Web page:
Friday, November 09, 2007

Revenue Sharing

Crackdown on transit crime.

KFalc visited Europe and soiled his pants when he saw turnstiles at transit stations. After returning to British Columbia and changing his pants, he started talking about it. He's also jazzed about SmartCards. They're like regular cards, except they're smart, so they're much better and they create efficiencies.

Turnstiles have been priced at $100 million plus, but Falcon hopes to find a private partner to build and operate the system on a revenue-sharing basis.
I'm confused; why does this have to be some kind of revenue-sharing agreement with a private partner? Ignoring for the moment the fact that the stations were not designed with turnstiles in mind (which makes retro-fitting them difficult?), can't we just buy the turnstiles from somebody, and pay them to install them, and maybe buy a service contract? Somehow we managed to install fare machines and ticket validators without having to enter into a long term revenue-sharing agreement with the manufacturers. If that's not true, please correct me. Maybe some company in Ohio or Manitoba gets two tenths of a penny every time I stick a two-zone ticket into one of those blue boxes (one tenth for one-zone, three-tenths for three-zone?).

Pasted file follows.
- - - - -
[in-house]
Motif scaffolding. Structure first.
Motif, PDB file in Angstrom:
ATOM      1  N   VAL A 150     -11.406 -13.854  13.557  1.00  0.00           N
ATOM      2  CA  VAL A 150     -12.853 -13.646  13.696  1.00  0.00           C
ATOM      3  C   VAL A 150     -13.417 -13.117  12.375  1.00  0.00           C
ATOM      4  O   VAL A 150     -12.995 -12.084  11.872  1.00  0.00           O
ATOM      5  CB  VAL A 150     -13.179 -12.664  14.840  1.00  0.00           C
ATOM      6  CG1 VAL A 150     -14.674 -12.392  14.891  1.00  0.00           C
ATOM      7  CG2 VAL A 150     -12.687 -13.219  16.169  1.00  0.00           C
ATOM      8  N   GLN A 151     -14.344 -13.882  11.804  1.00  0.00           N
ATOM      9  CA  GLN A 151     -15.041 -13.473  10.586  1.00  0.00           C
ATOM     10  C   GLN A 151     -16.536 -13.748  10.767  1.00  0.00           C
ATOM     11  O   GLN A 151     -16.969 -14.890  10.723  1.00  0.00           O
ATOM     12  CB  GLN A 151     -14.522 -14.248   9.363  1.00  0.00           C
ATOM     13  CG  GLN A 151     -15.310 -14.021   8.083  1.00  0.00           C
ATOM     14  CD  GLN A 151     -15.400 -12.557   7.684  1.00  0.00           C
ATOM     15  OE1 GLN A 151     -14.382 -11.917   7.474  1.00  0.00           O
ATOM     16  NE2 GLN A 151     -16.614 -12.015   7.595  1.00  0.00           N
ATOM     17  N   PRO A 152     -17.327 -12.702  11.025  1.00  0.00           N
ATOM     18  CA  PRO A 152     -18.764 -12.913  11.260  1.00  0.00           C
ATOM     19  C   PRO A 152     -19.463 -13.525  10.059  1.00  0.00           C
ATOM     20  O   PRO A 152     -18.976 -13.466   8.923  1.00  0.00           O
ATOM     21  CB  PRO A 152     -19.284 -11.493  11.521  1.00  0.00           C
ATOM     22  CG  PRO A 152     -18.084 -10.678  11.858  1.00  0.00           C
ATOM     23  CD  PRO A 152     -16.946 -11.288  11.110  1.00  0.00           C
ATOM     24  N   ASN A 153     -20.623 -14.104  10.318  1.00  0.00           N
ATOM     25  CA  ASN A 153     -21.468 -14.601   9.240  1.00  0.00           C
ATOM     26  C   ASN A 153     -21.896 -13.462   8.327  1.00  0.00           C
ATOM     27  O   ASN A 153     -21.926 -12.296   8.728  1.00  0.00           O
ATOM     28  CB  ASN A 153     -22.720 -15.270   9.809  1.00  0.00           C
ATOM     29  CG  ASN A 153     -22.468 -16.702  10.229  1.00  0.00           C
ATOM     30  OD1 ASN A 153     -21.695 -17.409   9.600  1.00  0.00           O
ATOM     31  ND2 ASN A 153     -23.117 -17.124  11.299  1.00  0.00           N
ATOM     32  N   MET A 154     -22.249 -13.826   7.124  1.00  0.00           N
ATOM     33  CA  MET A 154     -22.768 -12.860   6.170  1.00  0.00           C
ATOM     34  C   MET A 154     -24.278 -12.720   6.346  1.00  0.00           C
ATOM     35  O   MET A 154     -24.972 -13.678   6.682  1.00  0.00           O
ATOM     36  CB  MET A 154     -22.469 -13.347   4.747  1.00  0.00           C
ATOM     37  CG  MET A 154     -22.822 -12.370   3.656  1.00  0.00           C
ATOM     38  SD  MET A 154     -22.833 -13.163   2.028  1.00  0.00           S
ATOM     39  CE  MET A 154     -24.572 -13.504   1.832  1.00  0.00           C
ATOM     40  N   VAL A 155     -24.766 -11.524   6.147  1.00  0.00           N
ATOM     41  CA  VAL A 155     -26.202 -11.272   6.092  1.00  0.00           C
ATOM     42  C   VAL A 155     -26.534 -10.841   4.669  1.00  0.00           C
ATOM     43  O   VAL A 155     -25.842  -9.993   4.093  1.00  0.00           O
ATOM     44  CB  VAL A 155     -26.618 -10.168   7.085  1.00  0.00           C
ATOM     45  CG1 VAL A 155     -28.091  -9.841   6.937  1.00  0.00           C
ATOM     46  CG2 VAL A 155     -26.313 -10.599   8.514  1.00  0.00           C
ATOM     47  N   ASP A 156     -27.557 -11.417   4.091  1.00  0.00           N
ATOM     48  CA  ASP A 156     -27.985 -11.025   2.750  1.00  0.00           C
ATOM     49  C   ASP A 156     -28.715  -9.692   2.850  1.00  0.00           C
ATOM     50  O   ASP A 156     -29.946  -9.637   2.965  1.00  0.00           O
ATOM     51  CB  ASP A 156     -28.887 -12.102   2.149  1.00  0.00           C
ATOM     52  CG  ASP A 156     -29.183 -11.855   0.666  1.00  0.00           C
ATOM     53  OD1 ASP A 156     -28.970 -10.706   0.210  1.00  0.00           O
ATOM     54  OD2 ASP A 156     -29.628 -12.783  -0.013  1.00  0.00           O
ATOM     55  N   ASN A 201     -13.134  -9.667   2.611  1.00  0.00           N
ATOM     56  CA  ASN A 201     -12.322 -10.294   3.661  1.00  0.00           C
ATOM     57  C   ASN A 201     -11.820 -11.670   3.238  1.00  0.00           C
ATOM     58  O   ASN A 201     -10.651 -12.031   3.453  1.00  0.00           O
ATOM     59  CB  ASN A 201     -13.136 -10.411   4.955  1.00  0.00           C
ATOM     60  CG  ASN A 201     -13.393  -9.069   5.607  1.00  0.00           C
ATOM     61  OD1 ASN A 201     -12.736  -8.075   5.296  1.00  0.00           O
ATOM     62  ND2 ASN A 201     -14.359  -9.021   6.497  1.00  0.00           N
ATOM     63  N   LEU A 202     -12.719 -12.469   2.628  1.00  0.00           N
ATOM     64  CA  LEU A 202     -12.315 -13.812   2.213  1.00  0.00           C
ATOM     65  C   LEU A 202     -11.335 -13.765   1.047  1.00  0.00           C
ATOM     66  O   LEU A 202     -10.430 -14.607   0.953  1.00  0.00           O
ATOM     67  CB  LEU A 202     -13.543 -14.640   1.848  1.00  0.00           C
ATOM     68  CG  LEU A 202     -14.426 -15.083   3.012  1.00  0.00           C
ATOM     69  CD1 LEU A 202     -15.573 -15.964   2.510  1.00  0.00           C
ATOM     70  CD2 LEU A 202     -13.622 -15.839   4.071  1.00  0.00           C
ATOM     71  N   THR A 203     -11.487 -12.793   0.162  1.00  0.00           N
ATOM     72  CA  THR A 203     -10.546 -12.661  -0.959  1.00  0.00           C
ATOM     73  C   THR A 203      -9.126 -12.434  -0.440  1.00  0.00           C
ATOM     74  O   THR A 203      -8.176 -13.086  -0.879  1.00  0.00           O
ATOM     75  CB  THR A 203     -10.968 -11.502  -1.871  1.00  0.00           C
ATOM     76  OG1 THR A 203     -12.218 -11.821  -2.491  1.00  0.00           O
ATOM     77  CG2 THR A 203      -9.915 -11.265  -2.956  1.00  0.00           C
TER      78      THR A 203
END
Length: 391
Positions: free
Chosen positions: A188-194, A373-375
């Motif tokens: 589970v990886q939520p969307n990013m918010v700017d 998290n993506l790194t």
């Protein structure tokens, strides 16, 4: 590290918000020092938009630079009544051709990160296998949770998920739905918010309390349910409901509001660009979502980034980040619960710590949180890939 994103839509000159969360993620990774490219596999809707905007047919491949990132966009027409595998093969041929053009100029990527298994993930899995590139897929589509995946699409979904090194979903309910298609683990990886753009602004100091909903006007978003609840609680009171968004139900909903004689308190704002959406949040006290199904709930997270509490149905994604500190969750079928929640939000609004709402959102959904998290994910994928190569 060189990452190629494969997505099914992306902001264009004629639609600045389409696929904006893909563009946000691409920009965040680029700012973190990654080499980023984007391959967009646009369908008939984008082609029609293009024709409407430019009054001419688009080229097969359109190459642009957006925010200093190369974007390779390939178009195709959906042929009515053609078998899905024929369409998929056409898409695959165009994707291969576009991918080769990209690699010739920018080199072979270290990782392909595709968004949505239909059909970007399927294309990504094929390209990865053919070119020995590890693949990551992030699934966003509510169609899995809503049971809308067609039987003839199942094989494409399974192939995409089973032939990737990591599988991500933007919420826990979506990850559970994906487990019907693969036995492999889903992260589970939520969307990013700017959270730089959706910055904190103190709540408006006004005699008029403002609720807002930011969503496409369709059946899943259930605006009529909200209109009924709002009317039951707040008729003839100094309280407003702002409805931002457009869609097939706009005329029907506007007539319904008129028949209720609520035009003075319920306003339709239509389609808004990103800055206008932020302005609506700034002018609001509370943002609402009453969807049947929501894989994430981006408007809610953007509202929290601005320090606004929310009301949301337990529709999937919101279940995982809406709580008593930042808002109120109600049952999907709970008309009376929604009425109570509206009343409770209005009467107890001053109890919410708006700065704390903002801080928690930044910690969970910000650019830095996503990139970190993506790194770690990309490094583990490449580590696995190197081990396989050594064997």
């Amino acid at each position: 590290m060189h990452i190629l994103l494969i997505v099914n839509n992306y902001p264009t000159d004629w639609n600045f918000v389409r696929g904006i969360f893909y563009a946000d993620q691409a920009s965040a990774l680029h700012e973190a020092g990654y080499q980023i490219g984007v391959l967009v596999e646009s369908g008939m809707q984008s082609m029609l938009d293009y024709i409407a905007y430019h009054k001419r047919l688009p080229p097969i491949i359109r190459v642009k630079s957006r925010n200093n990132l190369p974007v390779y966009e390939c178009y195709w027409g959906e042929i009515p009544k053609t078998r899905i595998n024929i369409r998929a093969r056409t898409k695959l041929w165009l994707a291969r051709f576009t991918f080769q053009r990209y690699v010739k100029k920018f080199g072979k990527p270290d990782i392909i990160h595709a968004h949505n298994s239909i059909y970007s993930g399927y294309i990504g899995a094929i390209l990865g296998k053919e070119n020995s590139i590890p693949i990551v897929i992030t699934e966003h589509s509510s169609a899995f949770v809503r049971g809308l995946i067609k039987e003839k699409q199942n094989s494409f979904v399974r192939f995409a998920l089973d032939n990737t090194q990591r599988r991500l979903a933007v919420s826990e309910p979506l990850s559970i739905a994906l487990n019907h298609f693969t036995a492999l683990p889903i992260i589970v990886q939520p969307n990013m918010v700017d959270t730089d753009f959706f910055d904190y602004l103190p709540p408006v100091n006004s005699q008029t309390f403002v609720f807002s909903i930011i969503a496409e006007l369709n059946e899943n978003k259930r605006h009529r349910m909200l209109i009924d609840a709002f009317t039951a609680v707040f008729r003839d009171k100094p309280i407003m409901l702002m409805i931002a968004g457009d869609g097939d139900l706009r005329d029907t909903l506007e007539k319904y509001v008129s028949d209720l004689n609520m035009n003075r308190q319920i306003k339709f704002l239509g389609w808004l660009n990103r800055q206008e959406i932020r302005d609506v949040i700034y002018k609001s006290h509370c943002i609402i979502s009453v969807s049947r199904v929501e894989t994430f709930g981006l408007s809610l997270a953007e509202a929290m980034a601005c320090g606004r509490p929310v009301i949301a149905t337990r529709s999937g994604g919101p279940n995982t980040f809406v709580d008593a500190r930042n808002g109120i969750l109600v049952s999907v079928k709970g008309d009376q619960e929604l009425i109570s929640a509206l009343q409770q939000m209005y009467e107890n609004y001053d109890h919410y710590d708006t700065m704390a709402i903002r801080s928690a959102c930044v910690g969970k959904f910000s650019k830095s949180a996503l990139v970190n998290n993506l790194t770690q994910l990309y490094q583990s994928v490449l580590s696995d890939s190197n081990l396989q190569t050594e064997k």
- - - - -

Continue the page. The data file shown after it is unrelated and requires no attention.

Falcon said turnstiles weed out the hang-arounds and reduce the chance of an act of terrorism.
I included that quote because I wanted to tag this post with terrorism. Also, I'm amused by the thought of terrorists whose plans are thwarted because they're too cheap to cough up $2.25 for a skytrain ticket.

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